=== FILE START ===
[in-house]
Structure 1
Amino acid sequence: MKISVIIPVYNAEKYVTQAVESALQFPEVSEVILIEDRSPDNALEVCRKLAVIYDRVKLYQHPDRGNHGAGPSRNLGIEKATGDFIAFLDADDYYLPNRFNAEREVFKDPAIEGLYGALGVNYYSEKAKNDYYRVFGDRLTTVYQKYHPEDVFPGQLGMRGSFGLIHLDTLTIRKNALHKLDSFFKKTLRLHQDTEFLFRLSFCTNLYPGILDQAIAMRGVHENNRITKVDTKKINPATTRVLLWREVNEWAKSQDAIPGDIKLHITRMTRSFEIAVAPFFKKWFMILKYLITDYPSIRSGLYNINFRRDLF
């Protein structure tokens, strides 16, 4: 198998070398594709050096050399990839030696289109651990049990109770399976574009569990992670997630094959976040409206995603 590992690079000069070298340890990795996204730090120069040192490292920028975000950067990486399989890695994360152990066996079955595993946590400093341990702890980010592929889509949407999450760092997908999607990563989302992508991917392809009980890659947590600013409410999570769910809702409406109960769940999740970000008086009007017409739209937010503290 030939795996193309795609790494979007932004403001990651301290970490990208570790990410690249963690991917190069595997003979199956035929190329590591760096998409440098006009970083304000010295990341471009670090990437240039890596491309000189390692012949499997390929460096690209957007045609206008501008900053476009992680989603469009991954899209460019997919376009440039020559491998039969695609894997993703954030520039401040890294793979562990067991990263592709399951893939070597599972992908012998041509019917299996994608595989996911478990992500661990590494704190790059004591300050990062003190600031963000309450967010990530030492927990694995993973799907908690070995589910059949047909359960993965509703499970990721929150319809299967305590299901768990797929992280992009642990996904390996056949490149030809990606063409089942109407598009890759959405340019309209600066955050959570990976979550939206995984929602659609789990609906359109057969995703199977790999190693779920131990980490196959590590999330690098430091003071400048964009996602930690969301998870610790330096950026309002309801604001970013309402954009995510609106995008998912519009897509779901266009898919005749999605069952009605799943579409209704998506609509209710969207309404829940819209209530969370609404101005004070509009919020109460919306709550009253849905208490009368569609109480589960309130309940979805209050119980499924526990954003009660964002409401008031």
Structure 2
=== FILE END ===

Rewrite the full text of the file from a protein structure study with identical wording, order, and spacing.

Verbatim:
[in-house]
Structure 1
Amino acid sequence: MKISVIIPVYNAEKYVTQAVESALQFPEVSEVILIEDRSPDNALEVCRKLAVIYDRVKLYQHPDRGNHGAGPSRNLGIEKATGDFIAFLDADDYYLPNRFNAEREVFKDPAIEGLYGALGVNYYSEKAKNDYYRVFGDRLTTVYQKYHPEDVFPGQLGMRGSFGLIHLDTLTIRKNALHKLDSFFKKTLRLHQDTEFLFRLSFCTNLYPGILDQAIAMRGVHENNRITKVDTKKINPATTRVLLWREVNEWAKSQDAIPGDIKLHITRMTRSFEIAVAPFFKKWFMILKYLITDYPSIRSGLYNINFRRDLF
């Protein structure tokens, strides 16, 4: 198998070398594709050096050399990839030696289109651990049990109770399976574009569990992670997630094959976040409206995603 590992690079000069070298340890990795996204730090120069040192490292920028975000950067990486399989890695994360152990066996079955595993946590400093341990702890980010592929889509949407999450760092997908999607990563989302992508991917392809009980890659947590600013409410999570769910809702409406109960769940999740970000008086009007017409739209937010503290 030939795996193309795609790494979007932004403001990651301290970490990208570790990410690249963690991917190069595997003979199956035929190329590591760096998409440098006009970083304000010295990341471009670090990437240039890596491309000189390692012949499997390929460096690209957007045609206008501008900053476009992680989603469009991954899209460019997919376009440039020559491998039969695609894997993703954030520039401040890294793979562990067991990263592709399951893939070597599972992908012998041509019917299996994608595989996911478990992500661990590494704190790059004591300050990062003190600031963000309450967010990530030492927990694995993973799907908690070995589910059949047909359960993965509703499970990721929150319809299967305590299901768990797929992280992009642990996904390996056949490149030809990606063409089942109407598009890759959405340019309209600066955050959570990976979550939206995984929602659609789990609906359109057969995703199977790999190693779920131990980490196959590590999330690098430091003071400048964009996602930690969301998870610790330096950026309002309801604001970013309402954009995510609106995008998912519009897509779901266009898919005749999605069952009605799943579409209704998506609509209710969207309404829940819209209530969370609404101005004070509009919020109460919306709550009253849905208490009368569609109480589960309130309940979805209050119980499924526990954003009660964002409401008031």
Structure 2